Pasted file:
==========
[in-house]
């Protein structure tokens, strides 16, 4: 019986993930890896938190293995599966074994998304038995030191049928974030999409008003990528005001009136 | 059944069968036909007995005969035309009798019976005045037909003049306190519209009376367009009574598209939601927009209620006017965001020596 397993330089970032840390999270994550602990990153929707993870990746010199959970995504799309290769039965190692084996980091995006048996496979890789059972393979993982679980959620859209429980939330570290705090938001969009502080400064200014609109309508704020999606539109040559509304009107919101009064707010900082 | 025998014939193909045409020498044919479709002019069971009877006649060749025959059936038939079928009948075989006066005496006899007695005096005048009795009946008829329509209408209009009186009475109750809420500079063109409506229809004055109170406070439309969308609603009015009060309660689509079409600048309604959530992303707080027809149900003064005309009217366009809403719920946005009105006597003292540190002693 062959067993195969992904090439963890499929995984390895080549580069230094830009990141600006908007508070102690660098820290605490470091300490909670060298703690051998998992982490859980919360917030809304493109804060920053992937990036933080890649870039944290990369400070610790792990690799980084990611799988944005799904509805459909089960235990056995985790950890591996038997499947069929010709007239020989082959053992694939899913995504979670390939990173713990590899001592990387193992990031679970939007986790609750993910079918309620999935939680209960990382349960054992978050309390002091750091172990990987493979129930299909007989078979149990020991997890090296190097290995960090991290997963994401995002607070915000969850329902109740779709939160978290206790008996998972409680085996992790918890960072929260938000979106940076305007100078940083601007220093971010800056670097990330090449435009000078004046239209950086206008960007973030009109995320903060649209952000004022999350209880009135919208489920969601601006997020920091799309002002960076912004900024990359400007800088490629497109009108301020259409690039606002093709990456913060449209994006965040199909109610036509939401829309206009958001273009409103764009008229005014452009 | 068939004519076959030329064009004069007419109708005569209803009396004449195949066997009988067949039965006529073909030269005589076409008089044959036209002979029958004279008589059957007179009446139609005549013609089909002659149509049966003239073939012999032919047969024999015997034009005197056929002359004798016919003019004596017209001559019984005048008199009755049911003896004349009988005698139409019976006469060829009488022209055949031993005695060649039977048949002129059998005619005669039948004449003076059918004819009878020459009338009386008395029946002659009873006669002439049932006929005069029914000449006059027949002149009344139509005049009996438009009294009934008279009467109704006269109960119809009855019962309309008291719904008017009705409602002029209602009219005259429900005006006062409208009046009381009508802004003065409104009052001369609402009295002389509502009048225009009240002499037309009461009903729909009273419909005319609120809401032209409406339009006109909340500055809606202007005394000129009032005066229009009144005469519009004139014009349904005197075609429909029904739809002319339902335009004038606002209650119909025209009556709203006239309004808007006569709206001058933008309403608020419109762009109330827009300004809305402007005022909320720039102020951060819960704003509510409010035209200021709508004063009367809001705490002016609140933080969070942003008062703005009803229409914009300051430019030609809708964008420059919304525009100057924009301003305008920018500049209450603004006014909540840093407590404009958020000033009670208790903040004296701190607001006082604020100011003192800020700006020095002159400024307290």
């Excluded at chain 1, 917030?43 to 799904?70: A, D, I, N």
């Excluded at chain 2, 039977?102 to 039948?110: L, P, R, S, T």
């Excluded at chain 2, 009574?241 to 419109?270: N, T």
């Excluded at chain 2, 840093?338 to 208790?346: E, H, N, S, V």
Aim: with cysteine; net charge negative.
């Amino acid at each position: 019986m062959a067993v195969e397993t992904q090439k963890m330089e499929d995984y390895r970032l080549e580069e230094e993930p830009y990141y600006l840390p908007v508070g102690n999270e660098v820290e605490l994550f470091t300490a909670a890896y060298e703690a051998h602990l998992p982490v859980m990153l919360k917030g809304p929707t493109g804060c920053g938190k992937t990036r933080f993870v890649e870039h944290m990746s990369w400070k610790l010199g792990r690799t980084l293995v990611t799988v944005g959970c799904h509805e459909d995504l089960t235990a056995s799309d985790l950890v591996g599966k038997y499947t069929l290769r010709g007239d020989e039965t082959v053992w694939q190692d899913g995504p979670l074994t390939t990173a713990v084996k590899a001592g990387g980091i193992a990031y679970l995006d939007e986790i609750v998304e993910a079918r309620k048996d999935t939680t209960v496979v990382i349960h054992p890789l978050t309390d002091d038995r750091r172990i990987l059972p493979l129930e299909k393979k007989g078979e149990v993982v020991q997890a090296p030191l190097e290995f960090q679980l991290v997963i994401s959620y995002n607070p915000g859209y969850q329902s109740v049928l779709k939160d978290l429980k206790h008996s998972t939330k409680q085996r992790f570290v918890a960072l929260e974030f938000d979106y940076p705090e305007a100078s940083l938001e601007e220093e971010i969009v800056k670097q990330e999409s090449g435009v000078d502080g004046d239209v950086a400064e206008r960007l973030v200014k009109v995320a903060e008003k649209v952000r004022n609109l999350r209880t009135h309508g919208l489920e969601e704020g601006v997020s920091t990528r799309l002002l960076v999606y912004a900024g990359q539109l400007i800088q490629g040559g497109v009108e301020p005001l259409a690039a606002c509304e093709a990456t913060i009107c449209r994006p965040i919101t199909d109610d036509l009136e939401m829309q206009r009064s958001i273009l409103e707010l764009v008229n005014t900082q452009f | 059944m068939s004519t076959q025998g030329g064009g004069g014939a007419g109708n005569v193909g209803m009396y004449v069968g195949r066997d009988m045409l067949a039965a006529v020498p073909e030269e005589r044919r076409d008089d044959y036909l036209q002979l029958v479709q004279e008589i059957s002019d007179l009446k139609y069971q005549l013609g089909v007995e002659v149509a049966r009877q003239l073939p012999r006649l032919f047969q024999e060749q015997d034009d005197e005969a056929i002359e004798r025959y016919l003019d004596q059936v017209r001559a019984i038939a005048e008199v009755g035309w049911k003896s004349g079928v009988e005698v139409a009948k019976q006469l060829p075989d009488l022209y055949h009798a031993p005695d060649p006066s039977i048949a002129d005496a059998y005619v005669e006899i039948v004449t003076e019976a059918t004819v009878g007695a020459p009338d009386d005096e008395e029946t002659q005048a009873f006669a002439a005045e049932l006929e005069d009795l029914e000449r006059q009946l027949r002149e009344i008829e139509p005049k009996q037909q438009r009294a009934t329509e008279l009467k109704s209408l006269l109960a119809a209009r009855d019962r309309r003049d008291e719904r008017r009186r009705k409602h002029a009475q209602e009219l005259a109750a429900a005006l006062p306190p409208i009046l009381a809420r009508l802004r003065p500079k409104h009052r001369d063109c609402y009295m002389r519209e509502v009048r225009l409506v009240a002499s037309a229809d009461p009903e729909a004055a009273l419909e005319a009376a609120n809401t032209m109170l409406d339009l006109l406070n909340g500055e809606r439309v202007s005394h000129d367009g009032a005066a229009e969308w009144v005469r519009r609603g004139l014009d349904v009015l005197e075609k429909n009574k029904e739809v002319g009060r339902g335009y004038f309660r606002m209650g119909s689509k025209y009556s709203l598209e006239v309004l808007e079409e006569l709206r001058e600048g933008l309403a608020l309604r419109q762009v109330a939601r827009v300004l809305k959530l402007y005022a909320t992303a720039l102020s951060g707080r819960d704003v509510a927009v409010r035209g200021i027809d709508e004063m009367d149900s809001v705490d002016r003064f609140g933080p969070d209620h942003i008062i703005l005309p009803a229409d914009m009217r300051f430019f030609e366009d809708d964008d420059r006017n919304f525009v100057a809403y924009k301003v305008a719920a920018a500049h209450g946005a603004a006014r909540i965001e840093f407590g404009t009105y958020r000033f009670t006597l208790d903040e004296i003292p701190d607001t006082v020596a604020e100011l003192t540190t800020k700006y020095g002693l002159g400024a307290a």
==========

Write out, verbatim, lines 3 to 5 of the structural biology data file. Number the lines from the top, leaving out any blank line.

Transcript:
């Excluded at chain 1, 917030?43 to 799904?70: A, D, I, N």
């Excluded at chain 2, 039977?102 to 039948?110: L, P, R, S, T």
């Excluded at chain 2, 009574?241 to 419109?270: N, T």